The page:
Here’s a summary of the advice I recently gave a group of creative professionals, which I believe you will find useful.
It’s all about the labels we use and how they shape the way the marketplace sees us.
The labels people use
When I help creative agencies to improve their output, I start by asking them why they insist on labelling themselves as a creative agency.
Think about it: If a creative agency is truly creative, surely it wouldn’t copy a dull, generic term to describe what it does. It wouldn’t limit itself like that.
That kind of labelling works fine for some other businesses, because those businesses are generic.
For example, restaurants provide an identical core service: You eat and drink and then pay the bill. This is true, whether you go to a fast food restaurant or the most expensive restaurant in town. All that changes between restaurants is the food, the experience and the cost.
Conversely, creative agencies are supposed to think without limitations. The nature of what they do, is to think differently. Unlike restaurants, very few creative agencies, if any, should offer an identical service.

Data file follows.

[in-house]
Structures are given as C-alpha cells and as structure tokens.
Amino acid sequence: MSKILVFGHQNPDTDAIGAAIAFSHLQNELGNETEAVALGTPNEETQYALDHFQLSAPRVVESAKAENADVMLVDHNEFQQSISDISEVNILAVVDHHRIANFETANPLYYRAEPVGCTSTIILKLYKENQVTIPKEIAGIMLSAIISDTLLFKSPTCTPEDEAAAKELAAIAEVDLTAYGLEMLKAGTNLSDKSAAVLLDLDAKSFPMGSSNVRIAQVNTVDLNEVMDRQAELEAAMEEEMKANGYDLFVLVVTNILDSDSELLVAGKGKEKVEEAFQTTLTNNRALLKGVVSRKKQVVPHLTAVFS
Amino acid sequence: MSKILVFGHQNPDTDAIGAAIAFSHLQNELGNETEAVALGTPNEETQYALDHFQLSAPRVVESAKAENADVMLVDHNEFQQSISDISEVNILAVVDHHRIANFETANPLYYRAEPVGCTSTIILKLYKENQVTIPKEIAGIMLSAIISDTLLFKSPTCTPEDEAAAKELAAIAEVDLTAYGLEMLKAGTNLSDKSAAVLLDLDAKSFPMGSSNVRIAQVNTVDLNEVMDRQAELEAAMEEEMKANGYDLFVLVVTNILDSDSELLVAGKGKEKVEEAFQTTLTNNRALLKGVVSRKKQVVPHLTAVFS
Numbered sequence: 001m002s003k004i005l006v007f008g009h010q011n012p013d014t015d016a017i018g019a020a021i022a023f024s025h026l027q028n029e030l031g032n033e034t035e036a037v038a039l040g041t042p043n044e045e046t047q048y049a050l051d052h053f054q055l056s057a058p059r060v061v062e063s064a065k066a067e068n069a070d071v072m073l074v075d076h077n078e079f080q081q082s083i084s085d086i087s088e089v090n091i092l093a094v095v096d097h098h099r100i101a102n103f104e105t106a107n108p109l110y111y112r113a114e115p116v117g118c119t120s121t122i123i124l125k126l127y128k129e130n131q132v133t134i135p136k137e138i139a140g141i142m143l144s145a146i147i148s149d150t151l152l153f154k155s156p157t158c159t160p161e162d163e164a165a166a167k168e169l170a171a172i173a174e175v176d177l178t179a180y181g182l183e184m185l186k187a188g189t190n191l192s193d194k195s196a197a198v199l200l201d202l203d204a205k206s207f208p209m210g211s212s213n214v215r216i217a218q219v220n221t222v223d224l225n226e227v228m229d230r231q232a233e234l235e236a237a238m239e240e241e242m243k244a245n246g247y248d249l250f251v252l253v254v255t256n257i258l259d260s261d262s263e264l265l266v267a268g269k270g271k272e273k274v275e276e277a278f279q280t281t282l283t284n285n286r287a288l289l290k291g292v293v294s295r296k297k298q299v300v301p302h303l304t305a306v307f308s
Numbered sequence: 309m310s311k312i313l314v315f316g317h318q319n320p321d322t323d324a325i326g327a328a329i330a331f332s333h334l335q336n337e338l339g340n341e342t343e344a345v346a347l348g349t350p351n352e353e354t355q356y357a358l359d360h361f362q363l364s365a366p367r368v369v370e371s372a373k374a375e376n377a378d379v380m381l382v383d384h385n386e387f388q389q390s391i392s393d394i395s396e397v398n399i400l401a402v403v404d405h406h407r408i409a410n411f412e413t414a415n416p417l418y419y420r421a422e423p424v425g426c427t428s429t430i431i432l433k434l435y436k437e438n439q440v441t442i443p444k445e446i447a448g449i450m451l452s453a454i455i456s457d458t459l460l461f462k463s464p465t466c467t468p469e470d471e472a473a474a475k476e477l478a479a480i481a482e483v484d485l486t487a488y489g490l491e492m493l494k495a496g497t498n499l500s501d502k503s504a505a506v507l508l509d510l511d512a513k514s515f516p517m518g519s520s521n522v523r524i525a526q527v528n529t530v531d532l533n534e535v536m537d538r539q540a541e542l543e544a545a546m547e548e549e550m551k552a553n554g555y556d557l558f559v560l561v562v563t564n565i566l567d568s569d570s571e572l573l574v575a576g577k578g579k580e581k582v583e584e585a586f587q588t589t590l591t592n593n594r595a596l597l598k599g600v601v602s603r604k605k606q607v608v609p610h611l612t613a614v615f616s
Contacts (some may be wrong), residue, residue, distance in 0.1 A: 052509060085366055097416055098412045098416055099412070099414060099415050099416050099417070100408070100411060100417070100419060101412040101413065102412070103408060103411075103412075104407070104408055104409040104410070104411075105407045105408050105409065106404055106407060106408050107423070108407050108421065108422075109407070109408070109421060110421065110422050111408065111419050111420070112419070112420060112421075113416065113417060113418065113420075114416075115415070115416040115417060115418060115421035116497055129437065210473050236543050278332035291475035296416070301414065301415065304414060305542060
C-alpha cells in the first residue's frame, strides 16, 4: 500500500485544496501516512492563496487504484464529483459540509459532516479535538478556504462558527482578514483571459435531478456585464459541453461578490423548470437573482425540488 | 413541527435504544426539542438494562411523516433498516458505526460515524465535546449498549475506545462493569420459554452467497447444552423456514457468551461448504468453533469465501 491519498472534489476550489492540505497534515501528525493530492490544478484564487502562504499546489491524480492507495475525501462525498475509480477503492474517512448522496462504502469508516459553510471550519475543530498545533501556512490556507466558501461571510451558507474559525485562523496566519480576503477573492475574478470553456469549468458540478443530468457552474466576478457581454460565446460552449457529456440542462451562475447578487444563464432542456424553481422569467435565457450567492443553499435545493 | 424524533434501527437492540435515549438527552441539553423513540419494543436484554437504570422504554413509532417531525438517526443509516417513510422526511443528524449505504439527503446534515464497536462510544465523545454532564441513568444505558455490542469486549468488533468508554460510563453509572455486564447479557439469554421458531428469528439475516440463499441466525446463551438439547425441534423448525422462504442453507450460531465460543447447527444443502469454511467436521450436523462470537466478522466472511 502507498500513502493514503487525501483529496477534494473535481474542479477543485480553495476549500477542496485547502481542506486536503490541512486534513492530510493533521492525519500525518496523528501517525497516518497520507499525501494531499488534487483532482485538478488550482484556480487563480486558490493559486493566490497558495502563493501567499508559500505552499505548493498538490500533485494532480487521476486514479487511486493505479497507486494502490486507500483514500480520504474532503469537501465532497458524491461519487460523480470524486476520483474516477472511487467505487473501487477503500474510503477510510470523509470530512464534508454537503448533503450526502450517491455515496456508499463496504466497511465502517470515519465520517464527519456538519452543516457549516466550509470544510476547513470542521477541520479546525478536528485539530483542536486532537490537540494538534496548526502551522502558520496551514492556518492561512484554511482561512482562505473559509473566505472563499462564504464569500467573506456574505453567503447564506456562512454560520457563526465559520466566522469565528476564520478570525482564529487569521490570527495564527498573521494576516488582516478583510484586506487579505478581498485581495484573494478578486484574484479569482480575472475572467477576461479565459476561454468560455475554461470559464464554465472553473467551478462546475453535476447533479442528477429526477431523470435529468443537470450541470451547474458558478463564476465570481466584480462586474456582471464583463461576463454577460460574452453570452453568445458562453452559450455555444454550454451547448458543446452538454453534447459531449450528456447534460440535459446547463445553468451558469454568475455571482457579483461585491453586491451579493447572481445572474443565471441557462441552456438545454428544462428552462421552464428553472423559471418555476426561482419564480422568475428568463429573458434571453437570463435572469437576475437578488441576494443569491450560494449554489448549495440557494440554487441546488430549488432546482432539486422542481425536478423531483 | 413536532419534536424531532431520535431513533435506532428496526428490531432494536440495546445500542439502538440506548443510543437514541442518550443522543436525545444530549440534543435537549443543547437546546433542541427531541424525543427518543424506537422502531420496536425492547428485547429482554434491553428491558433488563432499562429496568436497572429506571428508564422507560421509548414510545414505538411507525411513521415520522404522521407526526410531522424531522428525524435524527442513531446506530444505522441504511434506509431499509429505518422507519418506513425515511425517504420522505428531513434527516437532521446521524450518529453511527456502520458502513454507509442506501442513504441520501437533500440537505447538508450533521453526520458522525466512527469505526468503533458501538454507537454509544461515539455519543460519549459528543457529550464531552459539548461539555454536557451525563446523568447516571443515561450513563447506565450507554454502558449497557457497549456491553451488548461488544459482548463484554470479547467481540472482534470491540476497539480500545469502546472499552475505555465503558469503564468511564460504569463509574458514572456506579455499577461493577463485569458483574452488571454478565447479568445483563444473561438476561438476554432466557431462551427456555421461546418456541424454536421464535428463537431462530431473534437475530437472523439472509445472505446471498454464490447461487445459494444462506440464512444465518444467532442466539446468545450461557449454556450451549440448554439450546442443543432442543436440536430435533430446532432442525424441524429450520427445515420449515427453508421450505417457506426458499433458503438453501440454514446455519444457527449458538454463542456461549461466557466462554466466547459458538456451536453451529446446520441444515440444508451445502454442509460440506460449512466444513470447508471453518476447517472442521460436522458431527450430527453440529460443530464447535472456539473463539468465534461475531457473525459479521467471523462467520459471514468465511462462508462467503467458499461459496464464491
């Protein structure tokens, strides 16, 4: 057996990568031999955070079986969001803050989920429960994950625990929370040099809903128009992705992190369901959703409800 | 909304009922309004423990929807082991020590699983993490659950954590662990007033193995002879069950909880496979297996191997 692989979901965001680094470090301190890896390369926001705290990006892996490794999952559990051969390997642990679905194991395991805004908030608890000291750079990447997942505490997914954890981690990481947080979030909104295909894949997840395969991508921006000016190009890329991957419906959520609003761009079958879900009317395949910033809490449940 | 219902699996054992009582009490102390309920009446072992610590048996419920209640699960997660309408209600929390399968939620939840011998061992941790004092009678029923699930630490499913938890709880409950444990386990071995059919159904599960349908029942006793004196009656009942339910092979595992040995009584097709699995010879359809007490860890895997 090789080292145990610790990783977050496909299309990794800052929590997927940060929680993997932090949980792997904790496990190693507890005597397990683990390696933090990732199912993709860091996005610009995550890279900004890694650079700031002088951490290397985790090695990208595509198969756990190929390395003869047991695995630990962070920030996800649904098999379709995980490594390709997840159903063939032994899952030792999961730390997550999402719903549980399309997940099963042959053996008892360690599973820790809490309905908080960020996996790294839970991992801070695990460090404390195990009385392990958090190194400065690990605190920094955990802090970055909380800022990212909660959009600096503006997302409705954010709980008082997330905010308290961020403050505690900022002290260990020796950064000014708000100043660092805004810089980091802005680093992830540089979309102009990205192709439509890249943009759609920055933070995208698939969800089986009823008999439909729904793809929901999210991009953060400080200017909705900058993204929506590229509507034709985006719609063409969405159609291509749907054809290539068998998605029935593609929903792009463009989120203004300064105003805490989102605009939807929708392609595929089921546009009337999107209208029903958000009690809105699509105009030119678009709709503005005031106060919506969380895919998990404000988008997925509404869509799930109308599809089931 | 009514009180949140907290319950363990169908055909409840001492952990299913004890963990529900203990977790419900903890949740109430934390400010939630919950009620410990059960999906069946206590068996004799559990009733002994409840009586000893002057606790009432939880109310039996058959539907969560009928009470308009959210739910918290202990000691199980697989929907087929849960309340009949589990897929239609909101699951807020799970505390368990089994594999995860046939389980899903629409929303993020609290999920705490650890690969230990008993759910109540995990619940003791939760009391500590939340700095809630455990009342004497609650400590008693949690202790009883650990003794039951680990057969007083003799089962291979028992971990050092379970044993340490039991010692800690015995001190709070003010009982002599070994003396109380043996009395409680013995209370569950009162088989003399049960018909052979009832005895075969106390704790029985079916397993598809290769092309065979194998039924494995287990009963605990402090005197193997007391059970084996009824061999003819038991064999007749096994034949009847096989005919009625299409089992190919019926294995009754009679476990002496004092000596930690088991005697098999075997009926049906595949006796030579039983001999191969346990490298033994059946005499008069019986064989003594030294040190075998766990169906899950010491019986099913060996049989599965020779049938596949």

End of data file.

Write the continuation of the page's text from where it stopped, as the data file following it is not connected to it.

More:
Benjamin Zephaniah is more than a poet
The best creative professionals, like all artists, are exceptions to the labelling rule. Is Benjamin Zephaniah a poet? Yes, but he’s so much more, so he’s never labelled simply as a poet. I’ve followed Benjamin’s work for decades and he’s usually introduced with any or all of the following statements:
- He’s a social commentator.
- He’s a recording artist.
- He’s an activist.
- He’s a master story teller.
- He’s a trouble maker.
- He’s an educator.
- He’s a progressive thinker.
- He’s a catalyst for change.
- And he’s a poet… a really good poet.
Benjamin Zephaniah defies a simple label. The same was true of Andy Warhol. Warhol wasn’t a studio artist, he invented his own artistic niche with Pop Art.
My point here, is that creative professionals who embrace the creative agency label are, at best, causing people to think of them within a narrow, limiting box. At worst, it will restrict what the agency team do, as they start to conform to what they think ‘the typical agency’ does.
Neither of those are great outcomes. In fact, they’re common to every struggling agency I have ever helped.
A creative alternative?
Lose the label. Create your own niche. Do your own unique brand of work. Set yourself apart. Be meaningfully different.
When you lose that uncreative label, you get to define what you do.
This isn’t the 1990’s and you don’t need to be listed in business directories, under an idiot-proof label or category. Today, you can put your creativity out there and attract the attention of those interested in your unique, creative approach.
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